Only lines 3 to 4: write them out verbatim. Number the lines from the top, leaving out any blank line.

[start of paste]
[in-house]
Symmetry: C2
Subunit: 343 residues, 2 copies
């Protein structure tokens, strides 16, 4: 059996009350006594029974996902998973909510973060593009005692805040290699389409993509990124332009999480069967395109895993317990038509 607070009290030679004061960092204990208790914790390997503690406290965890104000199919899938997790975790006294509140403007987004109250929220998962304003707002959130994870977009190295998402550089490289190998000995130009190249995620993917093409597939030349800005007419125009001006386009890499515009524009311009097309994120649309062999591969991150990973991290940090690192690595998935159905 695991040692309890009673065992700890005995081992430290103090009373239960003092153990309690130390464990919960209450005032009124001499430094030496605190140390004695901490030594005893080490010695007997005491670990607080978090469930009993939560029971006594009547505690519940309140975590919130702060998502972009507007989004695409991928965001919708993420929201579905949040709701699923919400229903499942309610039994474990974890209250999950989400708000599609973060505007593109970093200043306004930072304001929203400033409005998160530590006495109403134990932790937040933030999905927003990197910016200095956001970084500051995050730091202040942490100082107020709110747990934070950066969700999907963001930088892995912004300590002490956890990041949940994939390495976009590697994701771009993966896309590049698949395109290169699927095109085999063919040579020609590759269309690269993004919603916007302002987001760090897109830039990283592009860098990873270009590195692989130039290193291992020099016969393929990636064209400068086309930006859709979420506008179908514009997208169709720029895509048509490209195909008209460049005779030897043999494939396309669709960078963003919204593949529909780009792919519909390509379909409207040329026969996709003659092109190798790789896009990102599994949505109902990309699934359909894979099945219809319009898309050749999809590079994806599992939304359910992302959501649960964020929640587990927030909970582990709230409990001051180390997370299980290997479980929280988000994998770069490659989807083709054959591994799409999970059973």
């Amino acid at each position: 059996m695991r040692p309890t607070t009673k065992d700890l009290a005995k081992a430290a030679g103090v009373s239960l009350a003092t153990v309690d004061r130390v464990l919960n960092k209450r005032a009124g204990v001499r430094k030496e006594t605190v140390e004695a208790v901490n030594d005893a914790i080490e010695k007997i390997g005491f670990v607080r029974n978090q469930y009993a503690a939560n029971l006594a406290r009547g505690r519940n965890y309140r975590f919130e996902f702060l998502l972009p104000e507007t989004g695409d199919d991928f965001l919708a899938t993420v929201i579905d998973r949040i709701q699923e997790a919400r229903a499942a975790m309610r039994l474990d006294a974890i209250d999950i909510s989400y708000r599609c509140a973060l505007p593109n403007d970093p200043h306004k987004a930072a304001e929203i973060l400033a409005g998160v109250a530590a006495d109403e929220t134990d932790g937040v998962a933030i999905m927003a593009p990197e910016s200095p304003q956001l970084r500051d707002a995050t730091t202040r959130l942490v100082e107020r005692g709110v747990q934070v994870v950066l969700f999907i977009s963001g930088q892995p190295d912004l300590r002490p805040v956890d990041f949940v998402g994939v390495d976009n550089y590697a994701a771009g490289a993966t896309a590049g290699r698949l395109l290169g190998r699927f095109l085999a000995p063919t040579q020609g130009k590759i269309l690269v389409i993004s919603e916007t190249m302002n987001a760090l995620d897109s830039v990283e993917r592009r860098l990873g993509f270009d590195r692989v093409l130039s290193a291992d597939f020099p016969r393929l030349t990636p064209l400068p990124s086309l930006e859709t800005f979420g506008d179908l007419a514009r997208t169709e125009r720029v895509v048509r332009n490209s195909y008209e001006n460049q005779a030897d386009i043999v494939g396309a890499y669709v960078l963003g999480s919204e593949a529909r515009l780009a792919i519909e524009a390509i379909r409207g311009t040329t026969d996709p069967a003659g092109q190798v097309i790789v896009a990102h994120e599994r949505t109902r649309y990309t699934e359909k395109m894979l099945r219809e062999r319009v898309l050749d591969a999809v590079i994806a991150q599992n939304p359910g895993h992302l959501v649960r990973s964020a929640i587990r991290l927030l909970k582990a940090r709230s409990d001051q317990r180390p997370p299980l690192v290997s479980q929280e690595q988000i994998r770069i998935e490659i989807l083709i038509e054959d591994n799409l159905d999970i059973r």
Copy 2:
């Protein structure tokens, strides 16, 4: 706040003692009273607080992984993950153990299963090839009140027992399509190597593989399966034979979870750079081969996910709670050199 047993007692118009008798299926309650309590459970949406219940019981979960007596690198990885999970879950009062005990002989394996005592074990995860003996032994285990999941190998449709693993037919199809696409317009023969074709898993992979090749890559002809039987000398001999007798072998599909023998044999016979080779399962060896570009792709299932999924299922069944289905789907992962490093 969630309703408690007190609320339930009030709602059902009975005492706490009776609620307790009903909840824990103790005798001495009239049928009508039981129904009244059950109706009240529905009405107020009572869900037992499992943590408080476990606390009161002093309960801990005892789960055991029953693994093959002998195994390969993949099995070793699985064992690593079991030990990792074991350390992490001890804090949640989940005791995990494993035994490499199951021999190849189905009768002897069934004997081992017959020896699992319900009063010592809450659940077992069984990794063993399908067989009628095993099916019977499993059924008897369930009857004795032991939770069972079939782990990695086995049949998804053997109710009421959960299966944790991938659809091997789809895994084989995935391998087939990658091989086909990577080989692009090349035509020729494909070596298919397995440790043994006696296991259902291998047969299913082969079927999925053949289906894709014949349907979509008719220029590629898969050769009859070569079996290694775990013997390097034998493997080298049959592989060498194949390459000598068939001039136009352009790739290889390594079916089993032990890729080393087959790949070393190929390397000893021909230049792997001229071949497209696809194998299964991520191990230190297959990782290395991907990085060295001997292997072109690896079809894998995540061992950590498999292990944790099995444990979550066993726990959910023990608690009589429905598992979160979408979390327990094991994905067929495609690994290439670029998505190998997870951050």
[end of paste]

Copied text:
Subunit: 343 residues, 2 copies
């Protein structure tokens, strides 16, 4: 059996009350006594029974996902998973909510973060593009005692805040290699389409993509990124332009999480069967395109895993317990038509 607070009290030679004061960092204990208790914790390997503690406290965890104000199919899938997790975790006294509140403007987004109250929220998962304003707002959130994870977009190295998402550089490289190998000995130009190249995620993917093409597939030349800005007419125009001006386009890499515009524009311009097309994120649309062999591969991150990973991290940090690192690595998935159905 695991040692309890009673065992700890005995081992430290103090009373239960003092153990309690130390464990919960209450005032009124001499430094030496605190140390004695901490030594005893080490010695007997005491670990607080978090469930009993939560029971006594009547505690519940309140975590919130702060998502972009507007989004695409991928965001919708993420929201579905949040709701699923919400229903499942309610039994474990974890209250999950989400708000599609973060505007593109970093200043306004930072304001929203400033409005998160530590006495109403134990932790937040933030999905927003990197910016200095956001970084500051995050730091202040942490100082107020709110747990934070950066969700999907963001930088892995912004300590002490956890990041949940994939390495976009590697994701771009993966896309590049698949395109290169699927095109085999063919040579020609590759269309690269993004919603916007302002987001760090897109830039990283592009860098990873270009590195692989130039290193291992020099016969393929990636064209400068086309930006859709979420506008179908514009997208169709720029895509048509490209195909008209460049005779030897043999494939396309669709960078963003919204593949529909780009792919519909390509379909409207040329026969996709003659092109190798790789896009990102599994949505109902990309699934359909894979099945219809319009898309050749999809590079994806599992939304359910992302959501649960964020929640587990927030909970582990709230409990001051180390997370299980290997479980929280988000994998770069490659989807083709054959591994799409999970059973």